Anyway, Bob Dylan. Despite my reservations, very little of my enjoyment of his set stemmed from the reverence of being in the presence of a hero. Rather, it all came from the music – it had to, really. There were no screens flanking this stage.
    All the tyrannical rearrangement of his songs of which I'd been warned simply resulted in tighter grooves and bigger drums – the result being that you could dance to most everything he played, and most everyone did. Dance, that is. It was one of the most energised, alive and amplified crowds of which I've ever been a part. To such wondrous boogies as Thunder On The Mountain, Summer Days and an incandescent Highway 61, ho did we ever “get down”. A particular highlight was a tremendous slow-burning rendition of Cold Irons Bound. Closing the main set, Ballad Of  A Thin Man radiated evil. Rather than plugging their fingers in their ears and insisting that “he's still got it” (as The Quietus would like to believe we do), I firmly believe that there must still be scores of people who dream of being as cool as Dylan. God knows I'd love to be able to inspire such widespread reverence at seventy.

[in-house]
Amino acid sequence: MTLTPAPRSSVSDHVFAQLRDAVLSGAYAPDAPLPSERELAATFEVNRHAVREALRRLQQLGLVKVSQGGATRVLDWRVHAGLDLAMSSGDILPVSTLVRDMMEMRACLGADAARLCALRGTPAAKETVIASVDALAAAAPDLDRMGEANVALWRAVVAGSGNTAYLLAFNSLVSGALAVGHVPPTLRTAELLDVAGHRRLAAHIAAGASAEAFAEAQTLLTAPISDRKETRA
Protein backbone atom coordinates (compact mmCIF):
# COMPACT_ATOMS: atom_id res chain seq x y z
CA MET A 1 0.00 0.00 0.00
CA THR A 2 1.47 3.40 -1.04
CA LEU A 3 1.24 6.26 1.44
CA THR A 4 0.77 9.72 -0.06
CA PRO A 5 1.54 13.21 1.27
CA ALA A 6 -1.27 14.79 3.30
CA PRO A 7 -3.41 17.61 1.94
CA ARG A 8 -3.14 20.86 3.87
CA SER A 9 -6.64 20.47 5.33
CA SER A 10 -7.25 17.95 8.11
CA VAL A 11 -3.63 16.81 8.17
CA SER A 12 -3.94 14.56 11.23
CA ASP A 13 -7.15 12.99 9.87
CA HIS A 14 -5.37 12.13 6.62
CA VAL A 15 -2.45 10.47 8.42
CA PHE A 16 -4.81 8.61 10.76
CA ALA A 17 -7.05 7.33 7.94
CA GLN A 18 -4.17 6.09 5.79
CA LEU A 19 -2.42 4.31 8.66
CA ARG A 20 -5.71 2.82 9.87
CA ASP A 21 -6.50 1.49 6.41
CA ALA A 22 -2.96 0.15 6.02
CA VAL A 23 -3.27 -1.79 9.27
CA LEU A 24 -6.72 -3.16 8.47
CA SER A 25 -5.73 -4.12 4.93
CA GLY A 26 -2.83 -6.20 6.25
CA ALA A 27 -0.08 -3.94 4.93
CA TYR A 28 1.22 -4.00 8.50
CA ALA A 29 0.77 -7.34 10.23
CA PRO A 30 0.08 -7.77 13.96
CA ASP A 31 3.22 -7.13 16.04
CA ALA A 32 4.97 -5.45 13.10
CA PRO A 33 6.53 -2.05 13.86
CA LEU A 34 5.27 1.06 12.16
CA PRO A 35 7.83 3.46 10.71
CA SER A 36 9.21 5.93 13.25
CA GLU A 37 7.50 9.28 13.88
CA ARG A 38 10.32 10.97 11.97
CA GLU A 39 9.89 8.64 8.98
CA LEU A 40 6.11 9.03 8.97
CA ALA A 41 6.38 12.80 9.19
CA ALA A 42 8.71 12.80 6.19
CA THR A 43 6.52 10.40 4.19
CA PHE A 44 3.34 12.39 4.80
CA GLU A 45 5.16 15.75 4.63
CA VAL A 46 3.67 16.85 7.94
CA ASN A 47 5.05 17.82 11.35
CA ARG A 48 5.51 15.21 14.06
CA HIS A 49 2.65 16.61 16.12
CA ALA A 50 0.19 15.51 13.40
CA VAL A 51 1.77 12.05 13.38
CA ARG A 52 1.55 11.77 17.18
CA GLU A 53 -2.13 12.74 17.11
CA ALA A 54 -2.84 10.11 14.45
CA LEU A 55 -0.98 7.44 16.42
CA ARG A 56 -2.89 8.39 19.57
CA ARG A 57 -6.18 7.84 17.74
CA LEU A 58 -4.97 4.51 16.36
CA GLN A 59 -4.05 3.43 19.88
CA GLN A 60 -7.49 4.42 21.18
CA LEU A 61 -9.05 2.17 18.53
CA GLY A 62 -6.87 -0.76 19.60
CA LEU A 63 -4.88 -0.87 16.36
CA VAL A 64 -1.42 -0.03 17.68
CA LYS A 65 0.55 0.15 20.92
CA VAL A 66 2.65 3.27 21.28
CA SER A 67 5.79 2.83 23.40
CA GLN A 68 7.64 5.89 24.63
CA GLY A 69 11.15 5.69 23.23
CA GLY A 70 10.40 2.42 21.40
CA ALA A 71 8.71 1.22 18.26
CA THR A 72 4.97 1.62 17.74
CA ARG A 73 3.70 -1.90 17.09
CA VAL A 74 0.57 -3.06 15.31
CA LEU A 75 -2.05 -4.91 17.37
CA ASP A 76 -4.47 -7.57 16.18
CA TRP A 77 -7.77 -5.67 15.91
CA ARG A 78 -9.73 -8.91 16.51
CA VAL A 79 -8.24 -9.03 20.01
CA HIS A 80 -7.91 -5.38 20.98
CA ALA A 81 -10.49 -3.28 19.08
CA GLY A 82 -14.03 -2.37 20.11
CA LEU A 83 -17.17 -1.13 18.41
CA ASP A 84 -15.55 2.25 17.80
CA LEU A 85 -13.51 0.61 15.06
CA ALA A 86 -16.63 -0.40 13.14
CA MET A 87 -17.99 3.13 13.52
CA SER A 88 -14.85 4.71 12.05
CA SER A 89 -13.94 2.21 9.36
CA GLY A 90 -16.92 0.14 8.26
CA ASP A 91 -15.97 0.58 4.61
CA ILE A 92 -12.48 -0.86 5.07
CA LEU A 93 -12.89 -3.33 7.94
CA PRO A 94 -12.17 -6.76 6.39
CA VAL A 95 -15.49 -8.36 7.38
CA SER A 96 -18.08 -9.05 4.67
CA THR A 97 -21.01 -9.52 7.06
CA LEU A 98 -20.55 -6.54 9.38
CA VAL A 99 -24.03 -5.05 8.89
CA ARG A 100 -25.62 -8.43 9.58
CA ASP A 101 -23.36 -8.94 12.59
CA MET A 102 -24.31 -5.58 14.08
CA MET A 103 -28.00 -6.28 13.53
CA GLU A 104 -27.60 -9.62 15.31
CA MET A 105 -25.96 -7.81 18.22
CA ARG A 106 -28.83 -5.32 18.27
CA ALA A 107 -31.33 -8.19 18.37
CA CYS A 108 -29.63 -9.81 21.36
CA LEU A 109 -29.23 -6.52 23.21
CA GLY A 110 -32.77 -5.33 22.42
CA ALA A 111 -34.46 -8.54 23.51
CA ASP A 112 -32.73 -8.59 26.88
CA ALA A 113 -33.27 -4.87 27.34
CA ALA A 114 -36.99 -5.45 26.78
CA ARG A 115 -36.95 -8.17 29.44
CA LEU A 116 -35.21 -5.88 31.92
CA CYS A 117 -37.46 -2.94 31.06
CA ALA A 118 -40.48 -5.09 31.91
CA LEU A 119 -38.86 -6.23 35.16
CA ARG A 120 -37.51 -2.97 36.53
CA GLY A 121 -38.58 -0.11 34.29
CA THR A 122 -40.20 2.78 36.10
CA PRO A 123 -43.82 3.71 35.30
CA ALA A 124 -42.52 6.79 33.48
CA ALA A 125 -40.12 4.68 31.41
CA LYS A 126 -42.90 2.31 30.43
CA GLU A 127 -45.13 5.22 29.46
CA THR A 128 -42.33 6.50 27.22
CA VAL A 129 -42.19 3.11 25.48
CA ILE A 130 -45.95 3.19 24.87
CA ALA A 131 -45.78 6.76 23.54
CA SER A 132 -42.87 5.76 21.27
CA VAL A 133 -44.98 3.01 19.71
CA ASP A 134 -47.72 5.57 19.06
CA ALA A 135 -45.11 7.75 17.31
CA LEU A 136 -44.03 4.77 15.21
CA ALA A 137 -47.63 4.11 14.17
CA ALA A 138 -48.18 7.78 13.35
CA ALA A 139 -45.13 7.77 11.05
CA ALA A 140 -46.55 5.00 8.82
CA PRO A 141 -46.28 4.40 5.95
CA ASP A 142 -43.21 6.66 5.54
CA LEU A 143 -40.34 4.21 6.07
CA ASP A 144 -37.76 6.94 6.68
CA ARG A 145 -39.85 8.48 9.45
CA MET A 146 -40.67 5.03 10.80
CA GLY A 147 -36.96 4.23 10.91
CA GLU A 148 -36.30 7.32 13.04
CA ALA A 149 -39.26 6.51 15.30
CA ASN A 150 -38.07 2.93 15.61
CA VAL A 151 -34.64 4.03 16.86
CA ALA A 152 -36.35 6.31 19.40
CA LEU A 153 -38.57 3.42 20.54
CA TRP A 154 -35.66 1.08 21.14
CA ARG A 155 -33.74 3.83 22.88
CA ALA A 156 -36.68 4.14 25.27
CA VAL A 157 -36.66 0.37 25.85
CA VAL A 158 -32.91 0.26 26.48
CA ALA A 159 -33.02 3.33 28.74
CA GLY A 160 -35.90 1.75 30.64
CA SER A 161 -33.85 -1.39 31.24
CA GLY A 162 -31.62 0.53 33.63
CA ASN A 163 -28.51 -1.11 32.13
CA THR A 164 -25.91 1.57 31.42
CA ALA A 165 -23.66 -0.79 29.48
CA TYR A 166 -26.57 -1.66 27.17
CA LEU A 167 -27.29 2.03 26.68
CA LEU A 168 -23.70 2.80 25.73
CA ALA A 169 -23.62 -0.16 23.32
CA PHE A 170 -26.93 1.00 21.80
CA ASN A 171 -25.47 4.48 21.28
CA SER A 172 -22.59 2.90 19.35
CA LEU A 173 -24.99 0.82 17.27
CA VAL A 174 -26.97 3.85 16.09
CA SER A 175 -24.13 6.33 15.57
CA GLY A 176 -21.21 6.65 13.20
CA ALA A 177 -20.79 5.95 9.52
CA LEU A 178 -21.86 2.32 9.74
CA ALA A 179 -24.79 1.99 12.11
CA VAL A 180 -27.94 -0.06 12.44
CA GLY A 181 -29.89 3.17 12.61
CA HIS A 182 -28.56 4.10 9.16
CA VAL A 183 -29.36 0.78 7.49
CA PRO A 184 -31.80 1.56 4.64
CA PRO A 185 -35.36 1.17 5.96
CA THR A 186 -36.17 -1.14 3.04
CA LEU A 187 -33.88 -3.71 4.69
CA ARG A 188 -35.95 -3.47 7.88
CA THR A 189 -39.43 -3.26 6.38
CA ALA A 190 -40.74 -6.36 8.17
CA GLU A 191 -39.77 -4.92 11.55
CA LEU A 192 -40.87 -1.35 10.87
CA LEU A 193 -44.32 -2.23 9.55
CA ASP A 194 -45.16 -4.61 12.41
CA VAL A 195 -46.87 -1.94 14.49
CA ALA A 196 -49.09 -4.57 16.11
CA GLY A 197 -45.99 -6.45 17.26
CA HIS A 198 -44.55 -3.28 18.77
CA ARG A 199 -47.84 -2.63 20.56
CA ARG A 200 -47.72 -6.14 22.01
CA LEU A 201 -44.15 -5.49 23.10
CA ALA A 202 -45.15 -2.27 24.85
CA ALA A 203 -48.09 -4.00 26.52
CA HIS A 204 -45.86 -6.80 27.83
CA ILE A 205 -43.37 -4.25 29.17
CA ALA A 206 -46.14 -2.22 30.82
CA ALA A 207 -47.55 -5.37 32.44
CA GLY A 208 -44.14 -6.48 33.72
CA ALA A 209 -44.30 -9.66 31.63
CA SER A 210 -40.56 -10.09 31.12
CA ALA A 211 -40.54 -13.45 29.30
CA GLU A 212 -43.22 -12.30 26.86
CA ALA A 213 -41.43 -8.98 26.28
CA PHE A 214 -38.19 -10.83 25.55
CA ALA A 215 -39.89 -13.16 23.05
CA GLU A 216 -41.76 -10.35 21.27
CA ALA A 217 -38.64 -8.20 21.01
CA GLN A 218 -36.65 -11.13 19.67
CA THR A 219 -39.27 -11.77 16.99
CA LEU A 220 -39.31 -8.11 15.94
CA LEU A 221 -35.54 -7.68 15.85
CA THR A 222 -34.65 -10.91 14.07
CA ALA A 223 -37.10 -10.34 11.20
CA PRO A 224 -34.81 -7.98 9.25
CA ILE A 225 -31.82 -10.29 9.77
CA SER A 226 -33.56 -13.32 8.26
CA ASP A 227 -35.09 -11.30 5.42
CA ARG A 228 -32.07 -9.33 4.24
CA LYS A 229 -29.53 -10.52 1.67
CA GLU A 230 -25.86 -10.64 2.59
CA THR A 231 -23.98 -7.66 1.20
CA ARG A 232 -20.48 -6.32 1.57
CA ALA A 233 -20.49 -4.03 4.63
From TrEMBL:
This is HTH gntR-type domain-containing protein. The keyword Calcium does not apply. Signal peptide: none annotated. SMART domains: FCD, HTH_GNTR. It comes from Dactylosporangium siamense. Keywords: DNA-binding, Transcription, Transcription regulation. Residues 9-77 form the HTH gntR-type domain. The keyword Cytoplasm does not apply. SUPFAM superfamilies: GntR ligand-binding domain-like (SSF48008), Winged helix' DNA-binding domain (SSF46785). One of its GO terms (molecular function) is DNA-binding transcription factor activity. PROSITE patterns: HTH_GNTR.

Indeed, only during the horribly strained choruses of A Hard Rain's A-Gonna Fall did he even come close to embodying the criticism with which he's often levied these days. However, this can be forgiven of an artist capable of such an encore: Like A Rolling Stone, All Along The Watchtower, Blowing In The Wind. Three of the most intense, beautiful and timeless compositions from the entire rock canon whipped out successively and with fiery aplomb by the very man who originally penned such masterpieces. I live for times like that.
    So, yes, our realisation that we'd have a great day came to be. We had a great day. It unfortunately has made a tedious type out of me, though, as it's now probably the case that I'll extol the virtues of Dylan at the top of my voice at every given opportunity.
    I apologise in advance.